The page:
Hundreds of Palestinians face eviction from land

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By KARIN LAUB, Associated Press

RAMALLAH, West Bank (AP) — The Israeli Defense Ministry wants to evict hundreds of Palestinians from eight hamlets in a West Bank area the military has designated as a firing zone, rights activists said Tuesday, portraying the decision as a new Israeli land grab.

The firing zone, one of several in the West Bank, covers several thousand acres close to the border with Israel. Hundreds of Palestinian herders and farmers live there for part of the year in caves and shacks.

Israel's government and Palestinian residents of the area have been waging a legal battle for more than a decade. The Defense Ministry told Israel's Supreme Court earlier this week that those being ordered to leave the firing zone have permanent homes elsewhere, and that they must evacuate the area for their own safety.

Shlomo Lecker, a lawyer representing some of the Palestinians, said Tuesday that his clients own much of the area from which they are to be evicted. The Defense Ministry said herders and farmers could be granted access on weekends and Jewish holidays.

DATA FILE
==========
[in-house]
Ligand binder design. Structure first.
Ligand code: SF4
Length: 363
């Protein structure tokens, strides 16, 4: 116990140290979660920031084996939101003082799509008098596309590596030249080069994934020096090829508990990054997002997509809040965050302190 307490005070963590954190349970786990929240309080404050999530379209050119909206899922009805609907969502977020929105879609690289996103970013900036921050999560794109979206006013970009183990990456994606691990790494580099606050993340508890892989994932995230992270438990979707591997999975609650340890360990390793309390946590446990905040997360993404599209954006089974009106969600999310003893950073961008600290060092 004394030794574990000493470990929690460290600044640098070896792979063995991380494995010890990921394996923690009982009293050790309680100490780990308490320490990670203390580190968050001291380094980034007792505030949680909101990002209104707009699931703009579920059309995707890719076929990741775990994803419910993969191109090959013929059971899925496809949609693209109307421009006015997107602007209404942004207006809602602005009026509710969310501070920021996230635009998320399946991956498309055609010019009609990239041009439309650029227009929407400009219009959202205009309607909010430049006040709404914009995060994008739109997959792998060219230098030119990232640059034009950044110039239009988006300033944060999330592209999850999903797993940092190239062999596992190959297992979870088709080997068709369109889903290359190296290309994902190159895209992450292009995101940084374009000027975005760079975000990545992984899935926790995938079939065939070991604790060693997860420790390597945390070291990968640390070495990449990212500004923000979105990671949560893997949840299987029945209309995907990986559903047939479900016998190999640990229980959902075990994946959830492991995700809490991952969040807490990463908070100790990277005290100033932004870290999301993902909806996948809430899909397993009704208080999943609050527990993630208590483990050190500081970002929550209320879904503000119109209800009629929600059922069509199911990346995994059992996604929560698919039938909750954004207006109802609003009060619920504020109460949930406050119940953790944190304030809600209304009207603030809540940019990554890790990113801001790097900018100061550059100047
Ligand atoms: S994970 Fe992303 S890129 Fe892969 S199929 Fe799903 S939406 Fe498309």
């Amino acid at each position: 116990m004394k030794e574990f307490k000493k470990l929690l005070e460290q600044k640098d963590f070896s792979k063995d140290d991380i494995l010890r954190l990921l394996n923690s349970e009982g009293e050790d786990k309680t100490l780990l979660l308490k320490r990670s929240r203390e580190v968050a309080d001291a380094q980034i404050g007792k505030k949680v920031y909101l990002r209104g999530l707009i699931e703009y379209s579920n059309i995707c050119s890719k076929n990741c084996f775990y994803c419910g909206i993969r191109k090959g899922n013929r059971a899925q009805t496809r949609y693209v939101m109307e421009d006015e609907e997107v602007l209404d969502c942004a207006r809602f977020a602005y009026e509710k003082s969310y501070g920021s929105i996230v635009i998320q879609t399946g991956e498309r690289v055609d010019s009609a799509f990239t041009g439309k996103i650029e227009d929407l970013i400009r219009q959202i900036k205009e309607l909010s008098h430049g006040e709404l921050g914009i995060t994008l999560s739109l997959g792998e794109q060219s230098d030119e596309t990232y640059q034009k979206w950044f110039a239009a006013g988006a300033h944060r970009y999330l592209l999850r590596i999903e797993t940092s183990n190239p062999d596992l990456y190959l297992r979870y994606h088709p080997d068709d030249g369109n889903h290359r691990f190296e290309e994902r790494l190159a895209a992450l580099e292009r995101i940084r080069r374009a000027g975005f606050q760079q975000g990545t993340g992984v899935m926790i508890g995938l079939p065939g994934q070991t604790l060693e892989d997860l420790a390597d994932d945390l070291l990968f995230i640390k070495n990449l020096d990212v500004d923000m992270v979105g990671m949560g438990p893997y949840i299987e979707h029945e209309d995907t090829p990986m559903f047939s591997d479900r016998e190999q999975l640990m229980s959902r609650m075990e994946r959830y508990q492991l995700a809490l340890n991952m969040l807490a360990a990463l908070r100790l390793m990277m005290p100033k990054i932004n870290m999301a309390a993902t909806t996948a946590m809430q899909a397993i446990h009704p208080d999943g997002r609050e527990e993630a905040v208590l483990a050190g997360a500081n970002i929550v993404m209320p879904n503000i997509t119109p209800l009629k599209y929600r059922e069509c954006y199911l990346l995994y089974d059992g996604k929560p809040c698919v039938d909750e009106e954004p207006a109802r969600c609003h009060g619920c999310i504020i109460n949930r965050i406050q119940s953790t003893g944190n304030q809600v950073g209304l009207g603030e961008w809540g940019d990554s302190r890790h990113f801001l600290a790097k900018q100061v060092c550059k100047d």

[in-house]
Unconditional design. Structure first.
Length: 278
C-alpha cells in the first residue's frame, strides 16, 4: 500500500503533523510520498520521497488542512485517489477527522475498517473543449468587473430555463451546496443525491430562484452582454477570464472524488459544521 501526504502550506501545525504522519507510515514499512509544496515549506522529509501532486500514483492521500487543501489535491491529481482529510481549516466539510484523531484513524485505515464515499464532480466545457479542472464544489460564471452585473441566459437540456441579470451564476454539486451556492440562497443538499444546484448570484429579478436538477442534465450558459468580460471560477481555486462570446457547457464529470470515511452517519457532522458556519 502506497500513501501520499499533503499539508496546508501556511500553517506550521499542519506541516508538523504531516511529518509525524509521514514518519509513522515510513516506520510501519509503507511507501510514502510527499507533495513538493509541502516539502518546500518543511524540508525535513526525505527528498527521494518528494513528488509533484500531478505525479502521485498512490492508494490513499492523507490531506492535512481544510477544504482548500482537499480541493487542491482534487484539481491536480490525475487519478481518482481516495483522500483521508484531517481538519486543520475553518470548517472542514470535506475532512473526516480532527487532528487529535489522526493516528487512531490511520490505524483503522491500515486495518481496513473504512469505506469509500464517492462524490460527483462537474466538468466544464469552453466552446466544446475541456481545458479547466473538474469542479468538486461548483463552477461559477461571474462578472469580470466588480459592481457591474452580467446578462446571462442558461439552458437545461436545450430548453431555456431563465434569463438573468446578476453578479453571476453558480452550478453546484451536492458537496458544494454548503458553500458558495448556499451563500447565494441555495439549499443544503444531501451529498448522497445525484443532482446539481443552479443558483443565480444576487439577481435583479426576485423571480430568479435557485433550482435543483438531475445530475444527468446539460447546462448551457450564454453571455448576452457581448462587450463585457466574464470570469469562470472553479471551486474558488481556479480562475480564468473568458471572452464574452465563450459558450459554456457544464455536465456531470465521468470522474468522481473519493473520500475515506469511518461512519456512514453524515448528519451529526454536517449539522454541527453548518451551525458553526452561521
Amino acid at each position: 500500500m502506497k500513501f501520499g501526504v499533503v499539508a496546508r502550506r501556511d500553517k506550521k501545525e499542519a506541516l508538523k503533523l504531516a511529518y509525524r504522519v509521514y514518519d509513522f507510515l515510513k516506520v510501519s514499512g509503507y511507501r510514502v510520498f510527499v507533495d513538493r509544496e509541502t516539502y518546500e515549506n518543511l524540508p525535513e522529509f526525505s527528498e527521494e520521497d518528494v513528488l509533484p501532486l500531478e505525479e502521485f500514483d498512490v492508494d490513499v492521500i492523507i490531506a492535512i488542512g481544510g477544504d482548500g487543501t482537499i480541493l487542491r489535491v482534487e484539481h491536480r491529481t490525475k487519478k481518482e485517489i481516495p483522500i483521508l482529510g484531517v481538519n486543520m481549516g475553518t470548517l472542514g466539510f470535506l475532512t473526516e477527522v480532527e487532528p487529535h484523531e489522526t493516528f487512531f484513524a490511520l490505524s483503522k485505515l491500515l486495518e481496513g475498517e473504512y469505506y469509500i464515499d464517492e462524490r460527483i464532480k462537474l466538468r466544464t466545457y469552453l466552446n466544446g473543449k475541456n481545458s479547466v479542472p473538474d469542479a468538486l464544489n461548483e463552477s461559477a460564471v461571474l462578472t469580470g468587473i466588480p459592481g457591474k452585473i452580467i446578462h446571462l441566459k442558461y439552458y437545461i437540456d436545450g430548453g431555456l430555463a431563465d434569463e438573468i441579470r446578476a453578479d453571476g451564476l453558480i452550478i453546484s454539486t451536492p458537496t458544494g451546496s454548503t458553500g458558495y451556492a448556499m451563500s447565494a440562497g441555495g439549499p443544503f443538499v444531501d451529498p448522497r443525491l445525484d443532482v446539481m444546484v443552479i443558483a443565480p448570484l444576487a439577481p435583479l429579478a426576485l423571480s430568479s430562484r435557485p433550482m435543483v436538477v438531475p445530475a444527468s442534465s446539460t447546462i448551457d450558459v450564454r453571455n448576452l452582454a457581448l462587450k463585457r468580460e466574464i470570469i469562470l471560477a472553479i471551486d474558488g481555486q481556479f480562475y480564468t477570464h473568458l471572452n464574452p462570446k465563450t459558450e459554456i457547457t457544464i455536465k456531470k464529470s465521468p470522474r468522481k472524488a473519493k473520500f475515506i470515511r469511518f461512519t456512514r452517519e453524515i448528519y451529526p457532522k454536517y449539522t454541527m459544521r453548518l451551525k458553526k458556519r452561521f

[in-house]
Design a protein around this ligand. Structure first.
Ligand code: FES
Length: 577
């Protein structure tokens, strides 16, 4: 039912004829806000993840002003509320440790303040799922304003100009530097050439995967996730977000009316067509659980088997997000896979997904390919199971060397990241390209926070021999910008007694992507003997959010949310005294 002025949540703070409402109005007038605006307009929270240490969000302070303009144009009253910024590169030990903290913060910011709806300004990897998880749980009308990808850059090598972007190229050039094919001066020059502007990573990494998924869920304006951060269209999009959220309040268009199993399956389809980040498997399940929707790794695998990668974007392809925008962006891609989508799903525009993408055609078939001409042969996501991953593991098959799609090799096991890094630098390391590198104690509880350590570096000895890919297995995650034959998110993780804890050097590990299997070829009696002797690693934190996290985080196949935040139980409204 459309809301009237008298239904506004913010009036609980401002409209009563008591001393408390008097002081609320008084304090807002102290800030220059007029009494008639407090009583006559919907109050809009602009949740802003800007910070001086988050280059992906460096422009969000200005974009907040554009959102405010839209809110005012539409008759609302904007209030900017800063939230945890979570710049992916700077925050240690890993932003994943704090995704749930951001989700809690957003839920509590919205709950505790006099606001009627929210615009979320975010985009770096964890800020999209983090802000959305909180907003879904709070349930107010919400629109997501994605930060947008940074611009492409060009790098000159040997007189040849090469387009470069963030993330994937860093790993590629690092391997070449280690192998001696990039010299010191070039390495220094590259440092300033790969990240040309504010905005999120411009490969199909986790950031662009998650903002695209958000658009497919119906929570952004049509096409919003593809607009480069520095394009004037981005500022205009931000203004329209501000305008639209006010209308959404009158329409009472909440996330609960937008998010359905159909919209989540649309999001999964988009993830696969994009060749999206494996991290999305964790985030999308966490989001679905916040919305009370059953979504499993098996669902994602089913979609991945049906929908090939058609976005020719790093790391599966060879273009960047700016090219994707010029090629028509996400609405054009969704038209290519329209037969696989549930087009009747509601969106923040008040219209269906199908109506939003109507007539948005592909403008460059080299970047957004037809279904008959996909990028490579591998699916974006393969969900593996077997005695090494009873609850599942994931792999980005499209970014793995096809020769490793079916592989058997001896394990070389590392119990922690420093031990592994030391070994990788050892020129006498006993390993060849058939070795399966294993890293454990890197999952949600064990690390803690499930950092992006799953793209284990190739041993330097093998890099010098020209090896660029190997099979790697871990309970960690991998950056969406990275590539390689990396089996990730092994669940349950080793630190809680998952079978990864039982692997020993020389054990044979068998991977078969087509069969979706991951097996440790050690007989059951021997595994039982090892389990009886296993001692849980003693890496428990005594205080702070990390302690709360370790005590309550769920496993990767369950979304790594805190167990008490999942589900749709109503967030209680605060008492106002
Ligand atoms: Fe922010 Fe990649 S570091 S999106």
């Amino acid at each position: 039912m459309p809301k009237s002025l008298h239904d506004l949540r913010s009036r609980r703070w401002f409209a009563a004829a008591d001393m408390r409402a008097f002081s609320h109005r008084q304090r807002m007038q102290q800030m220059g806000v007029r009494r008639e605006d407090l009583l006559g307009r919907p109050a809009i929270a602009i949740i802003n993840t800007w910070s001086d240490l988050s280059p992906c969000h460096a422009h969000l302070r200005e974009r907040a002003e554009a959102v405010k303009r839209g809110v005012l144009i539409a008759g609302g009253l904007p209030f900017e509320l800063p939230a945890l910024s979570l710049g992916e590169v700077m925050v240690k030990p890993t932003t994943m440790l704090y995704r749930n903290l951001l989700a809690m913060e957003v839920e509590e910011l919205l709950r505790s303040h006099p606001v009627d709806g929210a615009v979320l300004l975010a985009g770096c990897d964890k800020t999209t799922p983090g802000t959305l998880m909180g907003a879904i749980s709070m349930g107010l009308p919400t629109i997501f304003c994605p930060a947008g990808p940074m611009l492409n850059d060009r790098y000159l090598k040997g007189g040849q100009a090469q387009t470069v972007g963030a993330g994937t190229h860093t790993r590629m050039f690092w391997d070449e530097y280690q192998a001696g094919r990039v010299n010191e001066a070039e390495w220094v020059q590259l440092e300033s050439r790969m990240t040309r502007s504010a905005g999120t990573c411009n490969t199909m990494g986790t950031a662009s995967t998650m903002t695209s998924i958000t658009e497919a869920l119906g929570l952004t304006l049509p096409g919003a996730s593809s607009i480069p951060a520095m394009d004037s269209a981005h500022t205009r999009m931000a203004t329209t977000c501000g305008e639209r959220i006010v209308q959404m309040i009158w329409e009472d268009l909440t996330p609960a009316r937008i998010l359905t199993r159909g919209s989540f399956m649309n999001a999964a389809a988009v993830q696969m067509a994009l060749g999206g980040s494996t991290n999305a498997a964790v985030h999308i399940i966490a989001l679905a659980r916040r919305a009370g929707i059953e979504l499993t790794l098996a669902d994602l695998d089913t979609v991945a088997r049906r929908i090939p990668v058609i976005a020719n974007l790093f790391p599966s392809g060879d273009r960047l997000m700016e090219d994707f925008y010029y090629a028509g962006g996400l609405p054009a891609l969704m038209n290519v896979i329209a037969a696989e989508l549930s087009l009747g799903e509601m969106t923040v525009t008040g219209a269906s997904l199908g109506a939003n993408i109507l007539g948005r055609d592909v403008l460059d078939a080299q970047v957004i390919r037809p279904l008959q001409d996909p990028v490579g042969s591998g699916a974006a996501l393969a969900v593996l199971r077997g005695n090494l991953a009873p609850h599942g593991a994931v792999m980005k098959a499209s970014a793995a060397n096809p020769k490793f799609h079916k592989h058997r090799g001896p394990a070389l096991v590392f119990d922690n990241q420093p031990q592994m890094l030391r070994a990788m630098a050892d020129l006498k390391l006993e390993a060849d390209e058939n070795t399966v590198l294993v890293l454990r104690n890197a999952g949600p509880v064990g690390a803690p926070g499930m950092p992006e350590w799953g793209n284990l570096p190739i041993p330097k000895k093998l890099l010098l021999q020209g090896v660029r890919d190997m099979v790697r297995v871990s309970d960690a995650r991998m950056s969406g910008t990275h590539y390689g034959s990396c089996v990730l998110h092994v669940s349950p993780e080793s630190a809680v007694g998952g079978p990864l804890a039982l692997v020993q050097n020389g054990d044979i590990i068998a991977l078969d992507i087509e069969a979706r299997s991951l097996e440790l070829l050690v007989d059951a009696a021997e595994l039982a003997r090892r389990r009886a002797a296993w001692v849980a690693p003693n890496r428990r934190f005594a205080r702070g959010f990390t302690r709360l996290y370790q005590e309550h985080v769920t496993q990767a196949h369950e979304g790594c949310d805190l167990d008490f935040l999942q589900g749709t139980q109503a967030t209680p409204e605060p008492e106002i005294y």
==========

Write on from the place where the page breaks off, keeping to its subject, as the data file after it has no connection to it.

The firing zone is located in the southern Hebron Hills area, part of the 60 percent of the West Bank that remain under full Israeli control and are also known as "Area C."

The Palestinian Authority, a self-rule government set up as part of interim peace deals in the 1990s, administers the remaining 38 percent of the land, where more than 90 percent of the Palestinians live.

Area C is home to about 300,000 Jewish settlers and 150,000 Palestinians, and critics say Israel is using an array of planning and administrative tools to restrict Palestinian development there while expanding settlements.

"The issue of the firing zone in the south Hebron Hills has to be viewed in the context of the Israeli policy in Area C," said Sarit Michaeli of the Israeli human rights group B'Tselem.

Government spokesman Mark Regev denied such a policy exists.

He said the division of jurisdictions in the West Bank is a result of previous agreements signed by the Palestinians, and that the status quo can only change if negotiations on the borders of a Palestinian state resume. Israel and the Palestinians disagree sharply on the ground rules for the talks, which broke off in 2008.

He said Palestinians are given the option of seeking redress from Israel's Supreme Court.

A date for a high court decision on the case of the Palestinian herders has not been set.

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